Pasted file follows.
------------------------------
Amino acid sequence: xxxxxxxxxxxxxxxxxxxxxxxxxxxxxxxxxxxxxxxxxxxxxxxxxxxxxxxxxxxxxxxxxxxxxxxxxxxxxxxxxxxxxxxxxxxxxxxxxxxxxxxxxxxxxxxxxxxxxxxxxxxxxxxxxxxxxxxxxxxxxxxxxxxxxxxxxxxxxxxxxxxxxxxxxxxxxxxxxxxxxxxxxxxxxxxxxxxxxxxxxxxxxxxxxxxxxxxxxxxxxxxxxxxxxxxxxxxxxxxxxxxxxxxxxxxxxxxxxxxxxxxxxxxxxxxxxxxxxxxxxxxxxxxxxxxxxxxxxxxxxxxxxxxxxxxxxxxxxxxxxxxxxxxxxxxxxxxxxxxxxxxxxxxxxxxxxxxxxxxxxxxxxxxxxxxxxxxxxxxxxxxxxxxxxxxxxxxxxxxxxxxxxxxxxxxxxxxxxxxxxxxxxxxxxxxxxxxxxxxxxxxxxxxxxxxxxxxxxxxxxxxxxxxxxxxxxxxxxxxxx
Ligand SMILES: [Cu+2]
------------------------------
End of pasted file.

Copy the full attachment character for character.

Amino acid sequence: xxxxxxxxxxxxxxxxxxxxxxxxxxxxxxxxxxxxxxxxxxxxxxxxxxxxxxxxxxxxxxxxxxxxxxxxxxxxxxxxxxxxxxxxxxxxxxxxxxxxxxxxxxxxxxxxxxxxxxxxxxxxxxxxxxxxxxxxxxxxxxxxxxxxxxxxxxxxxxxxxxxxxxxxxxxxxxxxxxxxxxxxxxxxxxxxxxxxxxxxxxxxxxxxxxxxxxxxxxxxxxxxxxxxxxxxxxxxxxxxxxxxxxxxxxxxxxxxxxxxxxxxxxxxxxxxxxxxxxxxxxxxxxxxxxxxxxxxxxxxxxxxxxxxxxxxxxxxxxxxxxxxxxxxxxxxxxxxxxxxxxxxxxxxxxxxxxxxxxxxxxxxxxxxxxxxxxxxxxxxxxxxxxxxxxxxxxxxxxxxxxxxxxxxxxxxxxxxxxxxxxxxxxxxxxxxxxxxxxxxxxxxxxxxxxxxxxxxxxxxxxxxxxxxxxxxxxxxxxxxx
Ligand SMILES: [Cu+2]